Effect of dietary fiber intake on lipoprotein cholesterol levels independent of estradiol in healthy premenopausal women.
ABSTRACT High-fiber diets are associated with improved lipid profiles. However, pre- and postmenopausal women respond differently to fiber intake, suggesting that endogenous estradiol mediates the effect. The authors' objective was to determine the direct effect of fiber intake on lipoprotein cholesterol levels independent of estradiol among premenopausal women. The BioCycle Study, a prospective cohort study conducted at the State University of New York at Buffalo from 2005 to 2007, followed 259 healthy women for up to 2 complete menstrual cycles. Serum lipoprotein and hormone levels were measured at 16 visits timed using fertility monitors. Fiber intake was assessed by 8 24-hour recalls. Marginal structural models with inverse probability weights for both lipoprotein and estradiol levels were used to estimate controlled direct effects of the highest category of fiber intake (≥22 g/day vs. <22 g/day) while accounting for age, body mass index, total energy, vitamin E intake, physical activity, luteinizing hormone, follicle-stimulating hormone, and progesterone. Reductions were observed in total and low density lipoprotein cholesterol in women with higher fiber intakes. Direct effects were greater than total effects. These analyses suggested that estradiol mediates at least part of the association between fiber and cholesterol among premenopausal women. More research is needed to elucidate the biologic mechanisms driving these associations.
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ABSTRACT: We consider the problem of separating the direct effects of an exposure from effects relayed through an intermediate variable (indirect effects). We show that adjustment for the intermediate variable, which is the most common method of estimating direct effects, can be biased. We also show that even in a randomized crossover trial of exposure, direct and indirect effects cannot be separated without special assumptions; in other words, direct and indirect effects are not separately identifiable when only exposure is randomized. If the exposure and intermediate never interact to cause disease and if intermediate effects can be controlled, that is, blocked by a suitable intervention, then a trial randomizing both exposure and the intervention can separate direct from indirect effects. Nonetheless, the estimation must be carried out using the G-computation algorithm. Conventional adjustment methods remain biased. When exposure and the intermediate interact to cause disease, direct and indirect effects will not be separable even in a trial in which both the exposure and the intervention blocking intermediate effects are randomly assigned. Nonetheless, in such a trial, one can still estimate the fraction of exposure-induced disease that could be prevented by control of the intermediate. Even in the absence of an intervention blocking the intermediate effect, the fraction of exposure-induced disease that could be prevented by control of the intermediate can be estimated with the G-computation algorithm if data are obtained on additional confounding variables.Epidemiology 04/1992; 3(2):143-55. · 5.57 Impact Factor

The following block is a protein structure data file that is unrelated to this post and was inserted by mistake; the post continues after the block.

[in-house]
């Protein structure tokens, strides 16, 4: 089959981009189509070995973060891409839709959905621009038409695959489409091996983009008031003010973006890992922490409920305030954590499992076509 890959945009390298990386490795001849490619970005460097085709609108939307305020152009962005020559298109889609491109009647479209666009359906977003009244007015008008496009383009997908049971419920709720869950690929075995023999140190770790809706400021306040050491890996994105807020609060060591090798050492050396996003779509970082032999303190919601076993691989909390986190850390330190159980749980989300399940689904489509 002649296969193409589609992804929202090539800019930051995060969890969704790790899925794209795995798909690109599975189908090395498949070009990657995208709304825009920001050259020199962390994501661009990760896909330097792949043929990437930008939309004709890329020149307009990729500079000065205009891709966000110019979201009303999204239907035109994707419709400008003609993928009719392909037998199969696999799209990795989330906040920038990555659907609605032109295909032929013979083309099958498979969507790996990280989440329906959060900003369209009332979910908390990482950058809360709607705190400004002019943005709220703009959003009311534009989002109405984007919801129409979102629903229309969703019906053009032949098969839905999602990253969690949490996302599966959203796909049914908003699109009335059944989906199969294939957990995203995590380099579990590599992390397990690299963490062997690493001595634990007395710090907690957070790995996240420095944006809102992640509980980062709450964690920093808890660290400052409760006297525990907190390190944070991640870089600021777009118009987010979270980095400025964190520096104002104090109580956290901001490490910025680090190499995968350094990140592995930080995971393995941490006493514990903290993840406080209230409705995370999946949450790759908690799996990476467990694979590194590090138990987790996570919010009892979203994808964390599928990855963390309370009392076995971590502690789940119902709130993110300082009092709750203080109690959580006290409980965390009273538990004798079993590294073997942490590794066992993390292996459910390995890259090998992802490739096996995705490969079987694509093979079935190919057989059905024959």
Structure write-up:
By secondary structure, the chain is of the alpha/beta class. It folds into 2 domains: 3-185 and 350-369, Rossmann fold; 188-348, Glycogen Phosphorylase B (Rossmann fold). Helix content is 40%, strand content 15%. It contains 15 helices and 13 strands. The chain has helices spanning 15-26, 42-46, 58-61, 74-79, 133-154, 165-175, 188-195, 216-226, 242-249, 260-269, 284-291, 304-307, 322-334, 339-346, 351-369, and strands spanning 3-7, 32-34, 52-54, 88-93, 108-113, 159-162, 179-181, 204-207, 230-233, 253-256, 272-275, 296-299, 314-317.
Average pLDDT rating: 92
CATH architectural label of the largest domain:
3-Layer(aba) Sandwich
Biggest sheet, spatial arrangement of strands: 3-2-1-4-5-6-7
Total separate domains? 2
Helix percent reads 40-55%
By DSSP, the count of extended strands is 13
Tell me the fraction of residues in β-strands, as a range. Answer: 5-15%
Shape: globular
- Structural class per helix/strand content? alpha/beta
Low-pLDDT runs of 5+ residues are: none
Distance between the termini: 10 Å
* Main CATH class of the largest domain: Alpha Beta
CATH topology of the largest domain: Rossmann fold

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ABSTRACT: Epidemiologic studies have suggested that dietary fibre protects humans against coronary heart disease, but interpretation of the data is confounded by coexisting differences in both dietary and environmental variables. The hypocholesterolemic action of dietary fibre varies: in general mucilaginous fibres such as pectin and oat bran are more effective than particulate fibres such as wheat bran. Although the mechanism of action of mucilaginous fibres is not completely understood, there is evidence that they induce small increases in the fecal excretion of bile acids and neutral steroids that are not fully compensated for by de novo cholesterol synthesis.Canadian Medical Association journal 01/1981; 123(12):1213-7. · 7.27 Impact Factor
Article: Estimation of the concentration of low-density lipoprotein cholesterol in plasma, without use of the preparative ultracentrifuge.Clinical Chemistry 07/1972; 18(6):499-502. · 7.91 Impact Factor